The Gowanus Lowlands is a community-based vision for a restored public realm and open space network centered around the Gowanus Canal and its watershed—a federally-designated Superfund site currently in the process of being cleaned up and capped.
Inspired by the historic hydrology of the Gowanus as a tidal estuary fed by freshwater creeks, the Gowanus Lowlands proposes spatial concepts that solve for multiple issues including urban heat island effect and lack of tree canopy; sea-level rise, coastal flooding, stormwater management and a combined sewer system; and lack of connectivity and access to open spaces across the neighborhood. At the heart of the vision is a clean and thriving waterway and open space network defined by high-quality civic spaces, a restored waterfront edge, and a cohesive material palette that preserves the unique identity of the neighborhood as it changes over time.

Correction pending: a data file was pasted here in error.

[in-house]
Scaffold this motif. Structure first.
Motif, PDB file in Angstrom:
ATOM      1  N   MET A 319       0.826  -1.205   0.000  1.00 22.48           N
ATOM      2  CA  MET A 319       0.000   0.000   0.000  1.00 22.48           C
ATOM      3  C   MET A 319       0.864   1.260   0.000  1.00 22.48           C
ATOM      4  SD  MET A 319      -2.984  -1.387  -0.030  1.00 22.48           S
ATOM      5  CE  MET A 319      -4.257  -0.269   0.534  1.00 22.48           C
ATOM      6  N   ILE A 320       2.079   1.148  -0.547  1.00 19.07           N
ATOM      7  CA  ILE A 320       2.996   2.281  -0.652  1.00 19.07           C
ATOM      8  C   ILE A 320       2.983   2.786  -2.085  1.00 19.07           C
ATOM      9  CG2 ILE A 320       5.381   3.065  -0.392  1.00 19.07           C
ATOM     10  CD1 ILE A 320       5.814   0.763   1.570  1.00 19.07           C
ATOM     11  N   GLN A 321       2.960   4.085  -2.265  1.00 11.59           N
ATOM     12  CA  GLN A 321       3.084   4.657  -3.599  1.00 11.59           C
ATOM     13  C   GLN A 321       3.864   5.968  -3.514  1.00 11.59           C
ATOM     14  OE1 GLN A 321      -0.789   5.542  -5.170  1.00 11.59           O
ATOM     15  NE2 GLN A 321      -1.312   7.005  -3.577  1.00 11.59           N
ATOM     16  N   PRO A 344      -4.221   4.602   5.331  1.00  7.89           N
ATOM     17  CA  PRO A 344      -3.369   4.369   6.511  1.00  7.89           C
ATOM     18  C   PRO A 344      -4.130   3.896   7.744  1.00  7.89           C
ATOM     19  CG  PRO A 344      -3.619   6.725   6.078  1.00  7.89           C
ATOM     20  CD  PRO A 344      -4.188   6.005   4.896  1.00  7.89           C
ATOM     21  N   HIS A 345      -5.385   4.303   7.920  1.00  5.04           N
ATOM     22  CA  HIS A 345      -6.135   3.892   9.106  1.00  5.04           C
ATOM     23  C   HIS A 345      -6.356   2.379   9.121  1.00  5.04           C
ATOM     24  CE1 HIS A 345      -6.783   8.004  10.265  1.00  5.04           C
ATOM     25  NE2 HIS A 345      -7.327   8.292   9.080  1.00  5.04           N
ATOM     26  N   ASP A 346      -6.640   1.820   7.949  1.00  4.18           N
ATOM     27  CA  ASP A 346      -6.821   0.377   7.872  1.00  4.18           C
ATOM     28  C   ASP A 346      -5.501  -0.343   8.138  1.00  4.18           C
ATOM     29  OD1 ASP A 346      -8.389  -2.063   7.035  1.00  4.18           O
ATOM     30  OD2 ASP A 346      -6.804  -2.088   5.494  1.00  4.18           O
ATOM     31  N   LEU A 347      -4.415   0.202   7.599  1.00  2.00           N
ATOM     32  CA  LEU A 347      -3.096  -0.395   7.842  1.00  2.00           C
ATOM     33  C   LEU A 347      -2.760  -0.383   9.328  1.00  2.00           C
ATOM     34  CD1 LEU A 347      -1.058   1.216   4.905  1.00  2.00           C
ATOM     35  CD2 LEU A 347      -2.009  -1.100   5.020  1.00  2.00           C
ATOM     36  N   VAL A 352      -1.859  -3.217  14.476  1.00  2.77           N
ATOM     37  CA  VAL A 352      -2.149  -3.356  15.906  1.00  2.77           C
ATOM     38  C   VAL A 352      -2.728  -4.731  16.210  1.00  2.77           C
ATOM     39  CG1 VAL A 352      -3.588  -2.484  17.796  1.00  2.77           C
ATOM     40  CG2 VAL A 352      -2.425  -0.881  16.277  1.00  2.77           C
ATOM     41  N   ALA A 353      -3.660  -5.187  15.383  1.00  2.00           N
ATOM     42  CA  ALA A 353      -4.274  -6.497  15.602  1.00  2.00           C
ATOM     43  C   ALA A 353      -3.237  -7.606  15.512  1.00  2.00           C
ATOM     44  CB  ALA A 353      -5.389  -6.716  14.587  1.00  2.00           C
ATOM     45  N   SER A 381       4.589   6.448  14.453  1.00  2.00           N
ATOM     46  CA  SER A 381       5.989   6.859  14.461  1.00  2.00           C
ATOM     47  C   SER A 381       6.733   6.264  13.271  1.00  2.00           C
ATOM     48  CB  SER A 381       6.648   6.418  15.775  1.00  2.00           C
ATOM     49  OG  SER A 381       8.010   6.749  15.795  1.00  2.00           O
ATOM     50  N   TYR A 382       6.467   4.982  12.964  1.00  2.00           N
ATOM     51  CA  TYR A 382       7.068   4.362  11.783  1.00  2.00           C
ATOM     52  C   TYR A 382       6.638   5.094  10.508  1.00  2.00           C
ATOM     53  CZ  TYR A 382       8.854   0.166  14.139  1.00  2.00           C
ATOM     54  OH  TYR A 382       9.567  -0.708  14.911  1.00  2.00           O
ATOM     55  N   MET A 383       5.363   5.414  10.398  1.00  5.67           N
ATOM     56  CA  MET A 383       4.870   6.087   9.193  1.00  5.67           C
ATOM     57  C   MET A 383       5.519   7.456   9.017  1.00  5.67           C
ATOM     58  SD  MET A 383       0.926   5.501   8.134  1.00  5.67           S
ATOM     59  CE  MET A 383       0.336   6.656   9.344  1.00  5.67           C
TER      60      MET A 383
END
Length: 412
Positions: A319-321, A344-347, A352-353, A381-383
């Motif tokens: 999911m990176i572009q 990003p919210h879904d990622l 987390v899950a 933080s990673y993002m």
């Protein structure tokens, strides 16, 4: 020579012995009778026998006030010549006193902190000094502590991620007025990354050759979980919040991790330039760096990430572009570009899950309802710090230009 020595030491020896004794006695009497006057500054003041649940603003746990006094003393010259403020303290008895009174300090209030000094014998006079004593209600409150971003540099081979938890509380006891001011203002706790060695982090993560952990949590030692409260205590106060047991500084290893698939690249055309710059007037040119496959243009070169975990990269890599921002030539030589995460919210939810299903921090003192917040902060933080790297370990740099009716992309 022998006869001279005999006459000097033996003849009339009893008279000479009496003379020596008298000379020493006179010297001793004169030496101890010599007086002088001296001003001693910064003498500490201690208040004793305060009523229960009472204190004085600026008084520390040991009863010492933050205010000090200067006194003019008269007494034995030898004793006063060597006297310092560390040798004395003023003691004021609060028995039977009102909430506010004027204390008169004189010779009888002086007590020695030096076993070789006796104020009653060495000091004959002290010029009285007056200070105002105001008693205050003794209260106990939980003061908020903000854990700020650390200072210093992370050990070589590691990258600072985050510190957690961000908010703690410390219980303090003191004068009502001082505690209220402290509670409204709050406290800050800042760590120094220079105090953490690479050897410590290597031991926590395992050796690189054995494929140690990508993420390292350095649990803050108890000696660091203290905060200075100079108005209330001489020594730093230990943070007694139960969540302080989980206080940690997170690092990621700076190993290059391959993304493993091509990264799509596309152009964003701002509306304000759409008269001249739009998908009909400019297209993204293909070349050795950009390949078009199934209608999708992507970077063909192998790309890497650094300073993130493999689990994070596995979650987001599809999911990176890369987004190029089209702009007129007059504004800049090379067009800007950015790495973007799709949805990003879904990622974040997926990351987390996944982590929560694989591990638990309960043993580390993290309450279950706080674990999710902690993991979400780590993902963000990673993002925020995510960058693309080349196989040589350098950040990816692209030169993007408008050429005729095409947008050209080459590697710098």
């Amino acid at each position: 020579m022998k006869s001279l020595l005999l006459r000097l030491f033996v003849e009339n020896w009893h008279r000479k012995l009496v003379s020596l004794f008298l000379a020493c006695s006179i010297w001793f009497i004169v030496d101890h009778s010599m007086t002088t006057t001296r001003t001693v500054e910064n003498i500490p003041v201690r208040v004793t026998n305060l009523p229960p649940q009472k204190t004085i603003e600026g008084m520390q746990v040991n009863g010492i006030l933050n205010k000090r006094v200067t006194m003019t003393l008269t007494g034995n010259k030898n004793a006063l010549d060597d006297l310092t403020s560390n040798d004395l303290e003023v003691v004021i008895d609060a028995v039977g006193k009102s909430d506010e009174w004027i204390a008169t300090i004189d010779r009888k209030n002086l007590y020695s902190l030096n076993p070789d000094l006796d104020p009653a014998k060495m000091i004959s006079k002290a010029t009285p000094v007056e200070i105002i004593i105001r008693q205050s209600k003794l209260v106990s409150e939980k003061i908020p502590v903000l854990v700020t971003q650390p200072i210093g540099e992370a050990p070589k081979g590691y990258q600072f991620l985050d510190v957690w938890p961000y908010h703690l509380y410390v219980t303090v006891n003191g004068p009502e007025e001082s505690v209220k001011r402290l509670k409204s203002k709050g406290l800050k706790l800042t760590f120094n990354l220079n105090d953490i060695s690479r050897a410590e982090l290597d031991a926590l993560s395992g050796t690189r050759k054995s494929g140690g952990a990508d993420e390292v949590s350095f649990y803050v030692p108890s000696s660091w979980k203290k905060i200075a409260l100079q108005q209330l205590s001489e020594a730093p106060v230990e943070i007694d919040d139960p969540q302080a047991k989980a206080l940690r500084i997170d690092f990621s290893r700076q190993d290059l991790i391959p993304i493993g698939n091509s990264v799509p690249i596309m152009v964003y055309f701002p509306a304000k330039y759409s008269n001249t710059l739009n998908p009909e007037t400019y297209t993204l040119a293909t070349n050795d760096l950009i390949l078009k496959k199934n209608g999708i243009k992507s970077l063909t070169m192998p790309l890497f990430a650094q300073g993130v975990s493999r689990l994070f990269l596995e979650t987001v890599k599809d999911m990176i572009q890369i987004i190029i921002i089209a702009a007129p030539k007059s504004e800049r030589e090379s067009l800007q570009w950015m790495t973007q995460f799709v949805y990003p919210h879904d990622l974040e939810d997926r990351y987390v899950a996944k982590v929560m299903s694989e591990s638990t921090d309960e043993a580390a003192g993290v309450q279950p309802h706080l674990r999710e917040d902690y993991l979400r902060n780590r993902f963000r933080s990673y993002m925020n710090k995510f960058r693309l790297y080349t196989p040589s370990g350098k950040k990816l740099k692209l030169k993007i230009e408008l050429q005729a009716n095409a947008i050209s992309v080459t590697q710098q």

Today, the project is entering a critical phase with the confluence of several long-standing efforts, including the federally-mandated clean-up of the Canal and land use changes cueing private and City investment in the public realm. SCAPE is continuing work at a number of sites across the neighborhood to design waterfront spaces that are active, clean and accessible for all, carrying forth the vision and goals outlined through the Gowanus Lowlands Master Plan.
To learn more:
- Visit the Gowanus Lowlands page on the Gowanus Canal Conservancy’s website.
- Download the draft Gowanus Lowlands Master Plan (2019).
The Gowanus Lowlands in the press:
- Read Jen Kinney in Next City: ‘Gowanus Canal Could Be New Model for Waterfront Planning’ (2017).
- Read Carrie Hojnicki in Architectural Digest: ‘The Future of New York’s Most Polluted Waterway’ (2017).
- The Gowanus Canal Conservancy
Natural Systems Utilities
The New York Community Trust